Registry of Interpreters for the Deaf

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The Registry of Interpreters for the Deaf, Inc (RID) is a non-profit organization, founded in 1964 and incorporated in 1972, that seeks to uphold standards, ethics, and professionalism for American Sign Language interpreters. RID is the only organization in the United States that credentials both d/Deaf and Hearing interpreters to provide services in a wide range of settings, as well as test and certify interpreters for legal work. The RID Board is committed to the "4 R's" which are: Roots, Respect, Relevance and Results. As of 2014 there were over 15,000 members and 58 affiliate chapters.[1]

Since August 2004, RID has been building stronger ties with the National Association of the Deaf (NAD), including a joint Code of Professional Ethics and the merging of their respective certification programs. They jointly developed the National Interpreter Certification test (NIC), which was adopted in 2005.

Code of Professional Conduct[edit]

As part of their push to improve the ethical behavior of practitioners in the field, RID revised and updated existing guidelines from the Code of Ethics.[2] In 2005, the Code of Professional Conduct was adopted as the newest set of principles interpreters should adhere to. Certified interpreters have an especially strong duty to follow the principles laid out by RID, for the integrity of the work, the well being of the stakeholders, and to avoid causing harm.

The tenets from the current Code of Professional Conduct are:

  1. Interpreters adhere to standards of confidential communication.
  2. Interpreters possess the professional skills and knowledge required for the specific interpreting situation.
  3. Interpreters conduct themselves in a manner appropriate to the specific interpreting situation.
  4. Interpreters demonstrate respect for consumers.
  5. Interpreters demonstrate respect for colleagues, interns, and students of the profession.
  6. Interpreters maintain ethical business practices.
  7. Interpreters engage in professional development.

RID Certifications[edit]

RID has a national certification system with three key components:[3]

  • The National Testing System (NTS)
  • The Certification Maintenance Program (CMP) - assures the continual skill development of certified interpreters.
  • The Ethical Practices System (EPS) - gives consumers the ability to express concerns or make complaints about the quality of interpreting/transliterating services.

In previous incarnations of the NTS, the following certifications were given to interpreters meeting the testing criteria (All credentials awarded by the Registry of Interpreters for the Deaf will remain valid as long as the holder of said certification(s) maintains their membership and maintenance program.):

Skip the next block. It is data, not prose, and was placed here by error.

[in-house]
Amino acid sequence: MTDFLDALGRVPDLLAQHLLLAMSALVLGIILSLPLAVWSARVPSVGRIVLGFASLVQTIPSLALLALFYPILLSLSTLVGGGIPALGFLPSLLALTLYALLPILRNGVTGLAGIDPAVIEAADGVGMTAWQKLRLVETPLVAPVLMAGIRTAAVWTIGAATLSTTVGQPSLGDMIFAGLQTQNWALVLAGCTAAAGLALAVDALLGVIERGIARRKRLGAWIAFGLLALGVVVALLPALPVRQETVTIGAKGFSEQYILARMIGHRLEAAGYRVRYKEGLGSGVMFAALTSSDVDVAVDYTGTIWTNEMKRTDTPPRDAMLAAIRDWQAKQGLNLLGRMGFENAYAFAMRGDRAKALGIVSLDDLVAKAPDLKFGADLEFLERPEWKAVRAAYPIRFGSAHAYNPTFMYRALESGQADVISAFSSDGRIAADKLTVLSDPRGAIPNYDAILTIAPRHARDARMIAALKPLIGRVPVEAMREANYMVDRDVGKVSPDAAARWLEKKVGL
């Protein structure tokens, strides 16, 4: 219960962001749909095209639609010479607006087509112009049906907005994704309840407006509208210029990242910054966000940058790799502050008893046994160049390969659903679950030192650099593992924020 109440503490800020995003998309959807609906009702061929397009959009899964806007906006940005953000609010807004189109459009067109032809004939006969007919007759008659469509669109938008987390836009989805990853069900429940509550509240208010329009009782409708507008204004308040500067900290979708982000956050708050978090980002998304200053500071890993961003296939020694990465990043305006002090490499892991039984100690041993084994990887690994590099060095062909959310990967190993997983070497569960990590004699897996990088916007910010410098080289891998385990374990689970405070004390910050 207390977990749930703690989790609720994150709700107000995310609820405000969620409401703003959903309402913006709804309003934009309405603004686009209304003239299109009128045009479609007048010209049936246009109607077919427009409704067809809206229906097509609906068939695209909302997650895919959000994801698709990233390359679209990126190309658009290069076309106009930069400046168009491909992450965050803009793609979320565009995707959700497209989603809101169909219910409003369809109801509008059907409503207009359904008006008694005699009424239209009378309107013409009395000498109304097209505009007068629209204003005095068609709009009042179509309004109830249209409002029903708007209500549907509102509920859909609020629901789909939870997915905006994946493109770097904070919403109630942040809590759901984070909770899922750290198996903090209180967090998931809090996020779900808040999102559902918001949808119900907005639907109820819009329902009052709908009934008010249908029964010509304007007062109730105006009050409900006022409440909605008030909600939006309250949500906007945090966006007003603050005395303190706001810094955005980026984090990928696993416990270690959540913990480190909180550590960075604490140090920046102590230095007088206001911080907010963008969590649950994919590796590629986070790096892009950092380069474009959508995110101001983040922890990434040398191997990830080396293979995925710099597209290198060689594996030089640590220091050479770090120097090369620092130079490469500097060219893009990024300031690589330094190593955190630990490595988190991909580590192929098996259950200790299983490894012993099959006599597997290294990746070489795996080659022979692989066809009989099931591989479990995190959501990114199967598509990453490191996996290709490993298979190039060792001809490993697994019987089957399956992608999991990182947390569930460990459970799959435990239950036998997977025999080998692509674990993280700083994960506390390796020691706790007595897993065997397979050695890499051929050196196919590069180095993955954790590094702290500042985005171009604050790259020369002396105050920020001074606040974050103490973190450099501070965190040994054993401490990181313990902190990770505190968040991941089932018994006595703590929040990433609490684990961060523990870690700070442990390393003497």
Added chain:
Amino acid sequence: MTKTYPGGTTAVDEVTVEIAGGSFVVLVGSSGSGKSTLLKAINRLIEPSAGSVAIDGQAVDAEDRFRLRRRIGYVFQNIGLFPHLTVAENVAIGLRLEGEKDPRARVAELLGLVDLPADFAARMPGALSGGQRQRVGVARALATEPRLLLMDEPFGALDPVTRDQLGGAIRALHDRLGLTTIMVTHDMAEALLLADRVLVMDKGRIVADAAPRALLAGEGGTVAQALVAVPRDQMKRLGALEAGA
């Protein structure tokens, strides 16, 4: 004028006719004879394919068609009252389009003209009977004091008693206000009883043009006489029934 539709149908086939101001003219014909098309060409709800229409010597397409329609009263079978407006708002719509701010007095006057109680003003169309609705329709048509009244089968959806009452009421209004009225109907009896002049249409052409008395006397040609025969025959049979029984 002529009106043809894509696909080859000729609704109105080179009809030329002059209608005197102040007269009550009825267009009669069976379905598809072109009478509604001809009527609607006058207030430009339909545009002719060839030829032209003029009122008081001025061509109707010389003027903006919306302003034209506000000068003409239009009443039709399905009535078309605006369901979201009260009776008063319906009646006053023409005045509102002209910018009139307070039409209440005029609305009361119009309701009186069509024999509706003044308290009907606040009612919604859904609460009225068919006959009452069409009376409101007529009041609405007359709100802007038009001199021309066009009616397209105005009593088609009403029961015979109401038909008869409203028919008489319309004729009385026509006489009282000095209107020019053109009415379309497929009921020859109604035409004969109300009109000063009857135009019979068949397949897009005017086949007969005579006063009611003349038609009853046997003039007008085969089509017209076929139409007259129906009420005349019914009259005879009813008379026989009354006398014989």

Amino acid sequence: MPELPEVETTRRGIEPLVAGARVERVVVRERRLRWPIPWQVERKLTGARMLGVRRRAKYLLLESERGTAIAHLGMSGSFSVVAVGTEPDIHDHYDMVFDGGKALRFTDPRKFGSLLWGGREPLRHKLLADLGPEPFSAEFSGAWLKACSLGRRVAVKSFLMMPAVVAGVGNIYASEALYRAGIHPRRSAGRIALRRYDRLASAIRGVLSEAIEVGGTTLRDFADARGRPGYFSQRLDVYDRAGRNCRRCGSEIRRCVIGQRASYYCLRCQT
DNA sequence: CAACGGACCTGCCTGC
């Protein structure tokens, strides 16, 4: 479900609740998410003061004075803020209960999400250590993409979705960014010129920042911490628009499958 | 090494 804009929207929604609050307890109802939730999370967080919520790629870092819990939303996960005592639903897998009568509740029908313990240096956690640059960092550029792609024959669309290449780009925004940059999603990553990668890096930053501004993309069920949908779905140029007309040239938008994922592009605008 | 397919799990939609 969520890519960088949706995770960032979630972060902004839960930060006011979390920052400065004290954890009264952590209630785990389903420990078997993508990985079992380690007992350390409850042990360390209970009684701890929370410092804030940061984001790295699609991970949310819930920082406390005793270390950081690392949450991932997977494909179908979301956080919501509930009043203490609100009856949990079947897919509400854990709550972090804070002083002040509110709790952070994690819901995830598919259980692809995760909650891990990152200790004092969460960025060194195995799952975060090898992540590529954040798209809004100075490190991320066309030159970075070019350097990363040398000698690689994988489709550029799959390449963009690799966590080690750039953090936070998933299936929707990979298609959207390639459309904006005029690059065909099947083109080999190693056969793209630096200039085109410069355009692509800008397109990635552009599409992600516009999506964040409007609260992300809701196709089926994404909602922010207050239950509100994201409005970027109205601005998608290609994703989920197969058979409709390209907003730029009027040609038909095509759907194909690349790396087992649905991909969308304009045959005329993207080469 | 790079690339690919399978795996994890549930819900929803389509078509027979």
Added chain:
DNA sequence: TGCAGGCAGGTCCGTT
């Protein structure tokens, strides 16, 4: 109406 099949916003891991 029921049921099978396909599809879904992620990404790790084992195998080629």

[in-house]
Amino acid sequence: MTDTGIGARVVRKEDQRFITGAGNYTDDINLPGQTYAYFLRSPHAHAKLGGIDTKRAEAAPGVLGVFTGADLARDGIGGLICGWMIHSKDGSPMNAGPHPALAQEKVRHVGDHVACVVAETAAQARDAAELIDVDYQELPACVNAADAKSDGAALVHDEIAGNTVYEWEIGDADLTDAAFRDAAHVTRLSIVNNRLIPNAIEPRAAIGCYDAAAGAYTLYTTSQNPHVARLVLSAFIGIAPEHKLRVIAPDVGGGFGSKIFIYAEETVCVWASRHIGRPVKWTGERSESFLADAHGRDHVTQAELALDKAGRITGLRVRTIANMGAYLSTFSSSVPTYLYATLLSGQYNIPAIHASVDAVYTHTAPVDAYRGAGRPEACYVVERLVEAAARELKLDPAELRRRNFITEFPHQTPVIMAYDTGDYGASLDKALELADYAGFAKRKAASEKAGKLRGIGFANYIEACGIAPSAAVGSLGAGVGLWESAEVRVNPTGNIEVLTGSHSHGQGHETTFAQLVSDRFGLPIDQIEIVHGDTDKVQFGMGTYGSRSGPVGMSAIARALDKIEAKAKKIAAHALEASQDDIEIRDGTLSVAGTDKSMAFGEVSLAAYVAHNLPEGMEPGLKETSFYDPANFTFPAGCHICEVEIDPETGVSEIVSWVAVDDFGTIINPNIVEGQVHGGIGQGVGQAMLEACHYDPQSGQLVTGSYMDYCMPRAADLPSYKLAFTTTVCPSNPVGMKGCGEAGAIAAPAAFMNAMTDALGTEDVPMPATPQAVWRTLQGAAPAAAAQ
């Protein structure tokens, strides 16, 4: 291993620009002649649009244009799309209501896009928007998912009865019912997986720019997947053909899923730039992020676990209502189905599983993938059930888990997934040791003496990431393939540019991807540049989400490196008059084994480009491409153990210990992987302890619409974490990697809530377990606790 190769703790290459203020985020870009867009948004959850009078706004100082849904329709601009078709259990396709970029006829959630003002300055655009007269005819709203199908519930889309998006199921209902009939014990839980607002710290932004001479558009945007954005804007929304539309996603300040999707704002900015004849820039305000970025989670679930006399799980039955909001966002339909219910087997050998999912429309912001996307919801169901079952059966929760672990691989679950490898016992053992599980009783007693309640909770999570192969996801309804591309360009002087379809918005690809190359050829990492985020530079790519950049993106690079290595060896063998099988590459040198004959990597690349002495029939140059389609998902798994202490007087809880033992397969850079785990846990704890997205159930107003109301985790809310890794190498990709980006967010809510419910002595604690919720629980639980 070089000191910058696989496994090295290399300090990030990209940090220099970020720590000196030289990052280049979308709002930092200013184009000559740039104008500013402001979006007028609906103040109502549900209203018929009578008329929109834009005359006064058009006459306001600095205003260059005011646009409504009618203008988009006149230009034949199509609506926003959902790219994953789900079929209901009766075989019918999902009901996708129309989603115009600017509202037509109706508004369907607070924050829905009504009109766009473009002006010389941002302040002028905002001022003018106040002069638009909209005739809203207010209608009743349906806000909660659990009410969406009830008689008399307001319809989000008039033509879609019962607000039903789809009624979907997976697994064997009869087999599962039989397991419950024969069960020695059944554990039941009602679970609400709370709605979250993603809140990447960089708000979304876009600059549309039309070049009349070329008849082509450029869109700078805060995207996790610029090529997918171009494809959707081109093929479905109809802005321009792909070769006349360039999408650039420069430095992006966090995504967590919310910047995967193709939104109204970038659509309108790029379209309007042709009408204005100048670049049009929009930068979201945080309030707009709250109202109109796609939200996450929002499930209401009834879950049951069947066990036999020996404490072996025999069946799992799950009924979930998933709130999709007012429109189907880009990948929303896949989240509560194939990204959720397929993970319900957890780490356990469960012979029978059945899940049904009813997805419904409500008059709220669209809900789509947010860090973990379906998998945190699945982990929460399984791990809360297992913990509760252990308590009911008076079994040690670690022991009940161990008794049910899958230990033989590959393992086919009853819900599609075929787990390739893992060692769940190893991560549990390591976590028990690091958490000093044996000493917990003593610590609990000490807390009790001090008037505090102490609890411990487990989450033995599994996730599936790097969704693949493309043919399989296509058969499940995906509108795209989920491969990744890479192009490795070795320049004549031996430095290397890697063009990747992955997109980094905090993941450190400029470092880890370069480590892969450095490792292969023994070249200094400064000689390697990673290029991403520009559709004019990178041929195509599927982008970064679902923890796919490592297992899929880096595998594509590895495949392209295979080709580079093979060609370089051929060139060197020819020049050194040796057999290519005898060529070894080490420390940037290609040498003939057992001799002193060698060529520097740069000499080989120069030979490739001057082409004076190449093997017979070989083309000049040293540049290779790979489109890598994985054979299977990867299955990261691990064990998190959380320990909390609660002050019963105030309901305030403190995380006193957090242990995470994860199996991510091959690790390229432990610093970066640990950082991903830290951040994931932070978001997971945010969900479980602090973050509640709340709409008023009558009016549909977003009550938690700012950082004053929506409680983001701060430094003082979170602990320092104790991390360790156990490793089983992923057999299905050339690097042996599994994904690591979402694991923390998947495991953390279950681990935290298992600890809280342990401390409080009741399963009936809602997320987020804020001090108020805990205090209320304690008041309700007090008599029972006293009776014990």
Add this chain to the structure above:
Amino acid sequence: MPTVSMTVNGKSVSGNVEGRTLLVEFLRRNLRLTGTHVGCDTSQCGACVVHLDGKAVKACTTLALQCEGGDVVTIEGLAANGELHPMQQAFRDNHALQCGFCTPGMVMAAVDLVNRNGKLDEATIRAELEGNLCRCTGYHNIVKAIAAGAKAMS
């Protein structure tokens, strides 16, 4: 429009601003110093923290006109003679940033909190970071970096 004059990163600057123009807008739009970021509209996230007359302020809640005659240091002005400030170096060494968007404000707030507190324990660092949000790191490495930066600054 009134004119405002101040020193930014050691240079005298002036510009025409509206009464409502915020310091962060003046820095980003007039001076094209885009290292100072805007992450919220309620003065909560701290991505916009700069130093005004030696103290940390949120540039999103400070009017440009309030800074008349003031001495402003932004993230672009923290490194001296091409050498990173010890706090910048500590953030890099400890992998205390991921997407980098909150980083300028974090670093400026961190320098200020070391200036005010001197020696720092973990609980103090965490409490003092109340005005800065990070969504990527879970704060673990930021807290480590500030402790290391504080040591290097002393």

Previously offered certificates:

  • CSC - Comprehensive Skills Certificate (1972 - 1988)
  • MCSC - Master Comprehensive Skills Certificate (1972-1988)
  • RSC - Reverse Skills Certificate - awarded only to Deaf / hard-of-hearing interpreters/transliterators (1972 - 1988)
  • OIC:C - Oral Interpreting Certificate, Comprehensive (1979-1985)
  • OIC: S/V - Oral Interpreting Certificate, Spoken to Visible (1979-1985)
  • OIC: V/S - Oral Interpreting Certificate, Visible to Spoken (1979-1985)
  • IC - Interpretation Certificate (1972 - 1988)
  • TC - Transliteration Certificate (1972 - 1988)
  • IC/TC - Interpretation and Transliteration Certificates (1972 - 1988)
  • SC: L - Specialist Certificate: Legal (first certificate version of this certification was offered 1975 - 1978)
  • SC: PA - Specialist Certificate: Performing Arts (1971 - 1988)
  • OIC: C - Oral Interpreting Certificate (1979 - 1983)
  • CI - Certificate of Interpretation (1988, being phased out as of 2005)
  • CT - Certificate of Transliteration (1988, being phased out as of 2005)
  • NIC Advanced and NIC Master (These levels were offered from 2005-2011)

Currently offered certificates:

  • CDI - Certified Deaf Interpreter
  • OTC - Oral Transliteration Certificate (To be phased out January 1, 2016)
  • SC: L - Specialist Certificate: Legal
  • NIC- National Interpreter Certification

As of July 2005, a new certification test, developed with the NAD, was implemented and the CI and CT tests began to be phased out. The new generalist certification for hearing interpreters is the National Interpreter Certification (NIC).

See also[edit]

References[edit]

  1. ^ "RID - 2014 Annual Report". Registry of Interpreters for the Deaf. Retrieved 13 August 2015. 
  2. ^ "NAD-RID Code of Professional Conduct" (PDF). Registry of Interpreters for the Deaf. 2005. Retrieved 4 June 2013. 
  3. ^ "About RID Overview". Registry of Interpreters for the Deaf. Retrieved 4 June 2013. 

External links[edit]